This drawing is one of seven that the series of prints called "The Use of memory" was based on. The image is drawn from a photograph, particially visible, by Flor Garduño/Este dibujo es uno de siete en los cuales se basó la serie de grabados "El uso de la memoria". Se tomó de una fotografía de Flor Garduño, parcialmente visible aquí. 1993
My oldest son has also gone through the experience of being a foreigner, but in his own country. In 1980 my condition of extreme poverty (well, extreme poverty for somebody from the middle class, a condition provoked by my unfortunate lack of staying power, at least in the context of matrimony) was relieved by an invitation to organize a printmaking department in the University of Veracruz. And so I was able to enter real life as a wage-earner with a modest income.
The school year started two weeks after I made the decision to move to Jalapa, and I had to find a grade school for my son. The only school in Jalapa willing to accept him on such an short-term basis was the Díaz Mirón.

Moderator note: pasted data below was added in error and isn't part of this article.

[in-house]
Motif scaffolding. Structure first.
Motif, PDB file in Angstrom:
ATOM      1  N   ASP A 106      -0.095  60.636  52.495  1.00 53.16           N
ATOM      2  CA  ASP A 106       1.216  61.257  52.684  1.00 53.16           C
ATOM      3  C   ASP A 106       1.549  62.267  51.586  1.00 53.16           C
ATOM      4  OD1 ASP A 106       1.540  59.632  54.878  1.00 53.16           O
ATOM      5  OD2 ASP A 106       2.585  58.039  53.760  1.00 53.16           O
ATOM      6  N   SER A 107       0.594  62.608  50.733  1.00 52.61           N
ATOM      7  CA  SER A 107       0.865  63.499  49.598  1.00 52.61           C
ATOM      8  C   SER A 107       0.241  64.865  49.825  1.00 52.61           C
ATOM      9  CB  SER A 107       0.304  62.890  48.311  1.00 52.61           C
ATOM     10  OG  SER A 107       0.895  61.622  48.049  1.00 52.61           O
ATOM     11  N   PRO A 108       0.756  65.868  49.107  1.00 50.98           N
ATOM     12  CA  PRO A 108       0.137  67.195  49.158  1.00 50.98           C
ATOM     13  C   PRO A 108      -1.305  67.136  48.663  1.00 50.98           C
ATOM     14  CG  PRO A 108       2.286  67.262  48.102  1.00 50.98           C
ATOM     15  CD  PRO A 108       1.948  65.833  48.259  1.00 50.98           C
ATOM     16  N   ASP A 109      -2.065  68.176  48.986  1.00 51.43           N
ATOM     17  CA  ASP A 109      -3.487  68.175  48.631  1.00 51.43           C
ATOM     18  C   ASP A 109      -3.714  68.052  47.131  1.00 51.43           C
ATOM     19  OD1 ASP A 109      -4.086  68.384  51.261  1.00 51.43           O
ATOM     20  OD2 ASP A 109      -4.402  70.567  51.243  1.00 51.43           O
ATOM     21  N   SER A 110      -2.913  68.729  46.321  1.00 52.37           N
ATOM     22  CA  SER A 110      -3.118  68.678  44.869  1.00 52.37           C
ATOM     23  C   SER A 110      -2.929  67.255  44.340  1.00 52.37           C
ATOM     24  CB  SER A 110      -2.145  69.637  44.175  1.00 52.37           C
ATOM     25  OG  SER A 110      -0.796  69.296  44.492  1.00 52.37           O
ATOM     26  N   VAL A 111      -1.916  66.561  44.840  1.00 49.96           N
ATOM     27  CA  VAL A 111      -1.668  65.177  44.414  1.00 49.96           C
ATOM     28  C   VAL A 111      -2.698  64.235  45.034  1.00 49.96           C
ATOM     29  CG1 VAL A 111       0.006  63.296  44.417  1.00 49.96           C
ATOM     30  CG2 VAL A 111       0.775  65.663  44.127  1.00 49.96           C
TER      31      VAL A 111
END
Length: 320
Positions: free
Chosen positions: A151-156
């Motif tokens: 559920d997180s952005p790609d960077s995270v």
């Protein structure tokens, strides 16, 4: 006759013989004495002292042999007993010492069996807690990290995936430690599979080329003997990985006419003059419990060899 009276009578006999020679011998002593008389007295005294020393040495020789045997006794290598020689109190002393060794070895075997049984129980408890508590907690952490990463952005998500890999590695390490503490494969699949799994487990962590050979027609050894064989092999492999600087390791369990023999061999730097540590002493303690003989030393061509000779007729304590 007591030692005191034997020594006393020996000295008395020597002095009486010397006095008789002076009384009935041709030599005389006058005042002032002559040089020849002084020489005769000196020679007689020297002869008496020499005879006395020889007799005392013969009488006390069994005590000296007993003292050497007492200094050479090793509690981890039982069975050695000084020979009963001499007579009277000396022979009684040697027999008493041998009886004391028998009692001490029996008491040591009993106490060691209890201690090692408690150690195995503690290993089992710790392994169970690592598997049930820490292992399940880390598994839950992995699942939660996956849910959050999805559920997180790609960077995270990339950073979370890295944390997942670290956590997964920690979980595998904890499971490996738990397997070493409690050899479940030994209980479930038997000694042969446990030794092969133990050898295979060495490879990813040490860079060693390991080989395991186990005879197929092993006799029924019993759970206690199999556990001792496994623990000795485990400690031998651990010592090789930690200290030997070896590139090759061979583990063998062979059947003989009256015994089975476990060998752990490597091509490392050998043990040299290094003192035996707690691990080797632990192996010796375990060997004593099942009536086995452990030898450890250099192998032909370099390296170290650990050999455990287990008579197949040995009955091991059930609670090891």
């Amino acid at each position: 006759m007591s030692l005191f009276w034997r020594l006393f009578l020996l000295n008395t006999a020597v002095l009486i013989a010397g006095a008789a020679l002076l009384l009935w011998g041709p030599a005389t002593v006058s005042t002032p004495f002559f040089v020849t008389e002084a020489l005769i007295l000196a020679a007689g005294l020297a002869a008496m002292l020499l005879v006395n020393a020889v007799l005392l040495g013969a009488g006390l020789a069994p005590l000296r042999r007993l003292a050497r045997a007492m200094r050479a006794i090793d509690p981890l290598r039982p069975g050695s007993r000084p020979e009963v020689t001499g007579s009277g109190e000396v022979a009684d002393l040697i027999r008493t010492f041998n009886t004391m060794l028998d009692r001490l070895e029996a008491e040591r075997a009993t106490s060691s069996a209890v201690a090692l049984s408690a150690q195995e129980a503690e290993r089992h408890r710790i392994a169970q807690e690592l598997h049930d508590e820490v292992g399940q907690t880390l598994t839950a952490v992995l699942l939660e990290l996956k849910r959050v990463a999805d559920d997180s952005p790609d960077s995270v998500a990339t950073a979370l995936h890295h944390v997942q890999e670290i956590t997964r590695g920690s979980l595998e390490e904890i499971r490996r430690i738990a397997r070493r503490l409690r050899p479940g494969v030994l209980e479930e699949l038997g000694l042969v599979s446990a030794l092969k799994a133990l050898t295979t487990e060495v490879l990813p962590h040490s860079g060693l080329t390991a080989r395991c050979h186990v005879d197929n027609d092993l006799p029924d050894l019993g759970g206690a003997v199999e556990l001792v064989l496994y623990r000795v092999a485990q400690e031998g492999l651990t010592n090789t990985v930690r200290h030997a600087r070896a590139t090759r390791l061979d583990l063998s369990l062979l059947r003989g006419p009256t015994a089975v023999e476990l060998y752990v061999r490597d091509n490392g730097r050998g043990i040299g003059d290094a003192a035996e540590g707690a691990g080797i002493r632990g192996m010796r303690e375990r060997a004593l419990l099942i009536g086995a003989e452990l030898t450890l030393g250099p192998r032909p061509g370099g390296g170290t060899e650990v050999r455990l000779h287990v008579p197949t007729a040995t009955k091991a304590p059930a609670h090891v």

Here I must make a parenthesis to say that Díaz Mirón was a famous poet from the state of Veracruz, and a wall at the entry of the school was adorned with a passage from one of his best-known poems. According to my friend Guillermo Rousset, Mexican poet, revolutionary and translator, Díaz Mirón wrote with a perfect dominion of meter, but this didn’t impress me as much as the fact that the fellow was a murderer (but then so was Rousset and in both their cases, for skirmishes with other men, involving women and politics).
The Warrior/El guerrero, 1993
The poem in question, however, I found most irritating, as it was based on what I considered an imperfect metaphor involving the poet characterized as a brave roving lion and the lady to whom he addressed the poem as a shy dove in her nest. As if there were no lionesses and male doves in the world…anyway, at the time I considered myself much more of a lioness than a dove stowed away in a nest, so the daily walk by the poetic mural was a source of annoyance.